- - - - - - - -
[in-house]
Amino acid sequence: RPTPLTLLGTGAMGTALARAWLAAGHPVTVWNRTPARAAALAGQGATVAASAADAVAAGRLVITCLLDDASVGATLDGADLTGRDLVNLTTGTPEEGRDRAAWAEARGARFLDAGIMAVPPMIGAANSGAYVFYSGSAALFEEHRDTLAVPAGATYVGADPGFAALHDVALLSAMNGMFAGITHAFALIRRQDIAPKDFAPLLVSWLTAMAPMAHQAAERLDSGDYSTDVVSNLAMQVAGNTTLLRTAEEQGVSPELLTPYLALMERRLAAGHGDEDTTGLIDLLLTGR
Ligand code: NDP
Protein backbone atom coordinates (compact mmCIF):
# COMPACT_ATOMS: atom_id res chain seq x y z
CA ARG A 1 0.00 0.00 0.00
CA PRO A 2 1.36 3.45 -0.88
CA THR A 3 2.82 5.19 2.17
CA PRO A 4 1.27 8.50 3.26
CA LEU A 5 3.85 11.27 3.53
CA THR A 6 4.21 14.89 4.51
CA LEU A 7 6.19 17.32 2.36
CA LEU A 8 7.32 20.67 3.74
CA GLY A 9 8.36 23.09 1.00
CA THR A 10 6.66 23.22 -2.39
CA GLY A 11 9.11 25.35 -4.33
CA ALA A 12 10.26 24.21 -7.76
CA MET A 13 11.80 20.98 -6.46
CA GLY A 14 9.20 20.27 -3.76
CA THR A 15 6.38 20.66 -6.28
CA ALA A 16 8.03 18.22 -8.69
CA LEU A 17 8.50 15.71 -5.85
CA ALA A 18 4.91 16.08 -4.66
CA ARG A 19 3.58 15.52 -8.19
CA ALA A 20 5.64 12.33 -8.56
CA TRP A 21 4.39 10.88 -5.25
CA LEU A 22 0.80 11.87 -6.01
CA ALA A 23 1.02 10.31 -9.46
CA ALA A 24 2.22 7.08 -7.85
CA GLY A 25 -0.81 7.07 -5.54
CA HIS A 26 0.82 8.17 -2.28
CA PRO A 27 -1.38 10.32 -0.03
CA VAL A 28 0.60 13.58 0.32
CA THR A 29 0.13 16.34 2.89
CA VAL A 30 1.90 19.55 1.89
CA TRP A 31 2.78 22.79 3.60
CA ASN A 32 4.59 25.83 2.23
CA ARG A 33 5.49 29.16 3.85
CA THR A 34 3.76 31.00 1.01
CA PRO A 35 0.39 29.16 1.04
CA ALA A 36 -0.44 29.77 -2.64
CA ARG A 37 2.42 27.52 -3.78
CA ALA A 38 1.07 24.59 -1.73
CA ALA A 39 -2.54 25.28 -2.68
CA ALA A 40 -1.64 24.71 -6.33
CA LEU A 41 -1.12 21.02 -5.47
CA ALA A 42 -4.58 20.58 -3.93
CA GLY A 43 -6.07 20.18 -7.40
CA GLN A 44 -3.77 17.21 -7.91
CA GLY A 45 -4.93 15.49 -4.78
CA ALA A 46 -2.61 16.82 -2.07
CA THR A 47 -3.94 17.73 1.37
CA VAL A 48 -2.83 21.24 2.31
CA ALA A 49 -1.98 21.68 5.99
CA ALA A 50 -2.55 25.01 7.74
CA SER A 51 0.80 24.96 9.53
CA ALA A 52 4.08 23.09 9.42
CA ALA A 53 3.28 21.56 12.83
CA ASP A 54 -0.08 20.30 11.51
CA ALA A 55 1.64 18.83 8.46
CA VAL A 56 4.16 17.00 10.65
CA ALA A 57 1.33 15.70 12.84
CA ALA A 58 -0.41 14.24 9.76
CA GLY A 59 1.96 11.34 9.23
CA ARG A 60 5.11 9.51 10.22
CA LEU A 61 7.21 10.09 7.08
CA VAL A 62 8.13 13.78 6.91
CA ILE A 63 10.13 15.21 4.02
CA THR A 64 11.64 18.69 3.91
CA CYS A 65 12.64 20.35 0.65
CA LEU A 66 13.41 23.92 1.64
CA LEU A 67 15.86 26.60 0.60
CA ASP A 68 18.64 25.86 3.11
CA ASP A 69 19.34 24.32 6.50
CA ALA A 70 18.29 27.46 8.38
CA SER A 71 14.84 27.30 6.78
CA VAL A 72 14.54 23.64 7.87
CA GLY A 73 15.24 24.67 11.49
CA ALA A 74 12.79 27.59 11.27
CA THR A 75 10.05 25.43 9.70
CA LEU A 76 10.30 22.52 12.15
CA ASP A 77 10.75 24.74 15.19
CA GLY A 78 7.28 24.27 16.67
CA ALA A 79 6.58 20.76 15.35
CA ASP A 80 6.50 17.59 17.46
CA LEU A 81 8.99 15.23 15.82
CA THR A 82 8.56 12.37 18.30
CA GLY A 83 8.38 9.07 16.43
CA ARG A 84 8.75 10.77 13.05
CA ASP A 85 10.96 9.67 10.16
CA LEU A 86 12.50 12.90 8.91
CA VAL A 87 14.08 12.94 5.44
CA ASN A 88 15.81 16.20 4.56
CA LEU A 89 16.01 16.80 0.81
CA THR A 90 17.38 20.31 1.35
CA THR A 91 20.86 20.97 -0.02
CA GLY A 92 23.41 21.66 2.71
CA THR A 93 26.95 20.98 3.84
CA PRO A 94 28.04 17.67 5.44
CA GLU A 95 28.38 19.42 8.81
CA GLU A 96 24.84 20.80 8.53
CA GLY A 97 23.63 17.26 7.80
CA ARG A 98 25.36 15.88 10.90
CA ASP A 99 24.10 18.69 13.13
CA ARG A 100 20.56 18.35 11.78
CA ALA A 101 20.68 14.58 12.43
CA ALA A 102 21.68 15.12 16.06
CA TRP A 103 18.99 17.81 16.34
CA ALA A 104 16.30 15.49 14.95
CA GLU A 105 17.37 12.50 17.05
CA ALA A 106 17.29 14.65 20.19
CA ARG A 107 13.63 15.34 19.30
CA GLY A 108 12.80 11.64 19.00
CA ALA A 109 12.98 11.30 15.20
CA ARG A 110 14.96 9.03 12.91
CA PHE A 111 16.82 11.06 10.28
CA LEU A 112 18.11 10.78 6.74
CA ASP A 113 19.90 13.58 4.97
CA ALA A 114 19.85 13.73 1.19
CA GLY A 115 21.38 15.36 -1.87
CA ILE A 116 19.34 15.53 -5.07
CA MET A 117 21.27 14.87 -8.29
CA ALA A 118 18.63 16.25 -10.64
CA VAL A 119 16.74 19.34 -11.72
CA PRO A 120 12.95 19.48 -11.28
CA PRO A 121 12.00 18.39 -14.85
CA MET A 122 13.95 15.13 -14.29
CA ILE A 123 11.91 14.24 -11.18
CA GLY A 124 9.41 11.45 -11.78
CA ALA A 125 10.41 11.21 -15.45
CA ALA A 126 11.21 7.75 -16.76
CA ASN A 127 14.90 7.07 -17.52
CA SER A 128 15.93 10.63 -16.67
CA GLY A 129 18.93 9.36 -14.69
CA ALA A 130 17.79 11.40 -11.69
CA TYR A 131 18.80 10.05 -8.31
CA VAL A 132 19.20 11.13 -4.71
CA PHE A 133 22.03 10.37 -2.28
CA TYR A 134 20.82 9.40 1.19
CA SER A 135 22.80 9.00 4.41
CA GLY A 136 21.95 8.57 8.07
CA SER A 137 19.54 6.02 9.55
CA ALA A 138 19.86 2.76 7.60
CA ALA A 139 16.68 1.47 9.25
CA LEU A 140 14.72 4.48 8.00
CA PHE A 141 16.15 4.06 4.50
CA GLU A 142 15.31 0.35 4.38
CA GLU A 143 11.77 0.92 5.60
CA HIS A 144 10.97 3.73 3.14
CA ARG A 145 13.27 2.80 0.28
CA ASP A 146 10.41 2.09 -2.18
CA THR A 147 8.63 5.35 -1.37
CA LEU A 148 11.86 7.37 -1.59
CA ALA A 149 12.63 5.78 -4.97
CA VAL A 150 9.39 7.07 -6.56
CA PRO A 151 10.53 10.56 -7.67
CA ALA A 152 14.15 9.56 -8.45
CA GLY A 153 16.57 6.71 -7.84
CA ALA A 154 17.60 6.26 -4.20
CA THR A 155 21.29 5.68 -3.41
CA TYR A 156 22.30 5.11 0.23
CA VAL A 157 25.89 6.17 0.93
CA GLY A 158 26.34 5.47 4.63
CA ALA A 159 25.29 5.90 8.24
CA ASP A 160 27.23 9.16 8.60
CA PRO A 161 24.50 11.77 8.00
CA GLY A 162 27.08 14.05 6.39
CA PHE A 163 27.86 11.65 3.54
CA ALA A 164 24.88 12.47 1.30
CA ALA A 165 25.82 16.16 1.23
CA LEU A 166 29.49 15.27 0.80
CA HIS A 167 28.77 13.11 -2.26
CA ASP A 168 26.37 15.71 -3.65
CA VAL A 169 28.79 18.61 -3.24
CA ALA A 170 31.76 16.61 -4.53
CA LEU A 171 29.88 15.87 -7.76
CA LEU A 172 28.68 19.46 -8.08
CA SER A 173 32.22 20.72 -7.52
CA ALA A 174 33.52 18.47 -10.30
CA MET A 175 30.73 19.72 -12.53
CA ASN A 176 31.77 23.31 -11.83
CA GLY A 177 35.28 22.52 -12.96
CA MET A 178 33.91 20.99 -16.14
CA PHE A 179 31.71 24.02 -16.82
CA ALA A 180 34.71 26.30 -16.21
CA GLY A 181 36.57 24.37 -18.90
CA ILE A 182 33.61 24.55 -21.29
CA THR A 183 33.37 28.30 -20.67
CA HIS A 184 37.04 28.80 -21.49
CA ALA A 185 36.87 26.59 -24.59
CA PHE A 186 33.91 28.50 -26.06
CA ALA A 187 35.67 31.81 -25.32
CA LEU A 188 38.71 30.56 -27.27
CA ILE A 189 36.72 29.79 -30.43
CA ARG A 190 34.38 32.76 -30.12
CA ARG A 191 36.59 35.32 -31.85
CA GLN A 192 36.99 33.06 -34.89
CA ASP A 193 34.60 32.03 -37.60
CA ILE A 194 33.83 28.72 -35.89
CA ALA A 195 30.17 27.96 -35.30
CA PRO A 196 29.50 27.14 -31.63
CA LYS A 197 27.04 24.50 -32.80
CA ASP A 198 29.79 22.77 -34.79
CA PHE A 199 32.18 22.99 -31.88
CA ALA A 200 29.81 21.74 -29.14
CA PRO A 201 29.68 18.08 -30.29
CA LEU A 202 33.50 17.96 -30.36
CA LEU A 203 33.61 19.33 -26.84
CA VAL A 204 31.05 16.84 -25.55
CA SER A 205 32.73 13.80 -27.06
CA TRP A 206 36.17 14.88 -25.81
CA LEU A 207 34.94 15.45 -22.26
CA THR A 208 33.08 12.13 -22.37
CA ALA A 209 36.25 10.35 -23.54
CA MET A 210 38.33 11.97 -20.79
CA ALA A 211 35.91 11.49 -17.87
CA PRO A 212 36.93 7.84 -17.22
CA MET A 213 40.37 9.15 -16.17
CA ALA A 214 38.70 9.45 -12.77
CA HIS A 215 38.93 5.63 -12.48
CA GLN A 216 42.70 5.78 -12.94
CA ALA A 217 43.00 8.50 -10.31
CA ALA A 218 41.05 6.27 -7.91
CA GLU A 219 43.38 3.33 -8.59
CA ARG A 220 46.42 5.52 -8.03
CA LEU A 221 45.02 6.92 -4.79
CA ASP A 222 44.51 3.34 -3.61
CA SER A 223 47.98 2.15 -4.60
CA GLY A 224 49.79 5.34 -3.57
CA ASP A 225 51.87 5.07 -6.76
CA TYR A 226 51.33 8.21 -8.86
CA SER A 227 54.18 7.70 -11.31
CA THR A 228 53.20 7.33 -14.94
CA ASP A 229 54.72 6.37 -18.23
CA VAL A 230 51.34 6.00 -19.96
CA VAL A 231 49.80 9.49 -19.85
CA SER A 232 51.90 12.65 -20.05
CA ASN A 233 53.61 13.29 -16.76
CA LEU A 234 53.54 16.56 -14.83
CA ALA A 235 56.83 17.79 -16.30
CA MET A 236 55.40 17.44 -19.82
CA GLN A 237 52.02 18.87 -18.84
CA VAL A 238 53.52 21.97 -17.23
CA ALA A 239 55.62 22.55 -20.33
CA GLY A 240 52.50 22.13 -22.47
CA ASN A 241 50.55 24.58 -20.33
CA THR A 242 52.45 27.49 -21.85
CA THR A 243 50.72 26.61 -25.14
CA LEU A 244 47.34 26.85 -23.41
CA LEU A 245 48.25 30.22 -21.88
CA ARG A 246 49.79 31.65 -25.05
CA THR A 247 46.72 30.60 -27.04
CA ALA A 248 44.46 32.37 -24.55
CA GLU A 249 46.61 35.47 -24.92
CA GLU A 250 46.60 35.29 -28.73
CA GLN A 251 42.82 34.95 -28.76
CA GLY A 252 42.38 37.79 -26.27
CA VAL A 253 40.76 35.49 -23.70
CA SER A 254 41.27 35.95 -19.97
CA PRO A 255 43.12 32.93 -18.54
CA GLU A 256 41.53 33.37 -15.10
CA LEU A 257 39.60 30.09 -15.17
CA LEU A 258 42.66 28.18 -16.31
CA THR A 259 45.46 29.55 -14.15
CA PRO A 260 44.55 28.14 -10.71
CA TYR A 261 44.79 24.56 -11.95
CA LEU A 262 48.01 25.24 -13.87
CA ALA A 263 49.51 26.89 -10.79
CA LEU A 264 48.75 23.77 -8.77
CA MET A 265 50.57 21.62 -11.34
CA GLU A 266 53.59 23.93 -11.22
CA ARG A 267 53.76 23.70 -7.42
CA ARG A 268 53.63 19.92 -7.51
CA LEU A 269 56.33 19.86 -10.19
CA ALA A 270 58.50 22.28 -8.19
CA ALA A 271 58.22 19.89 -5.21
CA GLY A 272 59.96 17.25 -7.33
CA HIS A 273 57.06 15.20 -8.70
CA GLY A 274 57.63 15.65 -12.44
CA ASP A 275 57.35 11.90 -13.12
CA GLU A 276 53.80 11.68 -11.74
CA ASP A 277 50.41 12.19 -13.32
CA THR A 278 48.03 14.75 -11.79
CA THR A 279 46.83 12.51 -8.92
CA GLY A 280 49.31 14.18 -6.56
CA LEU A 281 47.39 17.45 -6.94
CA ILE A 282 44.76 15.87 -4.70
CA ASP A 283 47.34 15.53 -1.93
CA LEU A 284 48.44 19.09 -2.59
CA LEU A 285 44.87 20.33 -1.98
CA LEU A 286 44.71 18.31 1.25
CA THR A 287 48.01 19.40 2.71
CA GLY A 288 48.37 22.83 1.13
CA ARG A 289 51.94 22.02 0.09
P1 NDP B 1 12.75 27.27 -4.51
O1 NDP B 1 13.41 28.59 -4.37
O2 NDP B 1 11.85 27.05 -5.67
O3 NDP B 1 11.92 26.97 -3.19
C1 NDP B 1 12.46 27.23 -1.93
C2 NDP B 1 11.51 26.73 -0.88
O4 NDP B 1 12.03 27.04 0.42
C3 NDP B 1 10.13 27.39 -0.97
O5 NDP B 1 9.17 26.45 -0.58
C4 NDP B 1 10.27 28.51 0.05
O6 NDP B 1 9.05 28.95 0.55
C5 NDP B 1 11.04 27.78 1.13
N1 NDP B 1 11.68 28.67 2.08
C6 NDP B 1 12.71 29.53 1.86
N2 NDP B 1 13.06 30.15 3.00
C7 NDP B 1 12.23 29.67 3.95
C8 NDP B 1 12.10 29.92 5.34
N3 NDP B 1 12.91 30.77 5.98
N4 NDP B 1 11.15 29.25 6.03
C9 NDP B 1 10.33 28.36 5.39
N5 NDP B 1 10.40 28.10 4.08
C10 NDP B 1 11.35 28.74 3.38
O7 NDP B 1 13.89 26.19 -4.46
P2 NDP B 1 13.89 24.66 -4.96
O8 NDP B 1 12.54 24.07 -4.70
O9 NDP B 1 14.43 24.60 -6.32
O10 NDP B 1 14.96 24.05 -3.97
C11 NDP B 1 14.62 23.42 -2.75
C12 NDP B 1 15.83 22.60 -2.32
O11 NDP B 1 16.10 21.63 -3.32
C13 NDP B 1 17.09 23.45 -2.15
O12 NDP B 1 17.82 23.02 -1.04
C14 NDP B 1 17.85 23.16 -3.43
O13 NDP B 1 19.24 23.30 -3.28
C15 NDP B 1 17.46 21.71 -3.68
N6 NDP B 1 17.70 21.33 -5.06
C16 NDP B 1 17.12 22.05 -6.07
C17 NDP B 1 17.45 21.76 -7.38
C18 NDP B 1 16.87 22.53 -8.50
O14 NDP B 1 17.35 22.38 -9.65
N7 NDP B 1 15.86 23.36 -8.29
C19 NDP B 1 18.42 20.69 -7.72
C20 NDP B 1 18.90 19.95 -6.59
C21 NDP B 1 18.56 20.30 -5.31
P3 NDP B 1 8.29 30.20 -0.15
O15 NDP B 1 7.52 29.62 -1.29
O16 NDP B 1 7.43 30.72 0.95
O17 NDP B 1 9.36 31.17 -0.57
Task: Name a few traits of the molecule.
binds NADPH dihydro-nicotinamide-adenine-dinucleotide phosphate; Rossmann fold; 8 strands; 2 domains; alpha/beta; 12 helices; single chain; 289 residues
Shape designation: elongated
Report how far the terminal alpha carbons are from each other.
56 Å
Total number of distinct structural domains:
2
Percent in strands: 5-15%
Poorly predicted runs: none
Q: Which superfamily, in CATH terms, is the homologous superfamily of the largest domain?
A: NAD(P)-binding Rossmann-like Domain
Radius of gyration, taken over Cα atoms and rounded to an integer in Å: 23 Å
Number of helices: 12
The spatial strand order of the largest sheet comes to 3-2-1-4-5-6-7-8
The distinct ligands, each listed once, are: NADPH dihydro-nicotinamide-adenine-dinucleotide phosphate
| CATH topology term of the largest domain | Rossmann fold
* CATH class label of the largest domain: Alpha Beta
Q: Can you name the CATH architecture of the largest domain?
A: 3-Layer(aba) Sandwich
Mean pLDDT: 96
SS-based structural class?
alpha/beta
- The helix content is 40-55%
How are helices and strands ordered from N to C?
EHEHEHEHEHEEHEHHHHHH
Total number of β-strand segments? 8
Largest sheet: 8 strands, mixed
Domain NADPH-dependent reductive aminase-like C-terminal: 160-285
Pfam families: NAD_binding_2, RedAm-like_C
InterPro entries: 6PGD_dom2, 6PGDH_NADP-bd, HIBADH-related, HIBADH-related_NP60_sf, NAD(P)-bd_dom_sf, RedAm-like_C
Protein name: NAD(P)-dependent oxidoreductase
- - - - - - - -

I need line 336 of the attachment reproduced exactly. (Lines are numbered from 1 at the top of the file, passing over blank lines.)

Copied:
C19 NDP B 1 18.42 20.69 -7.72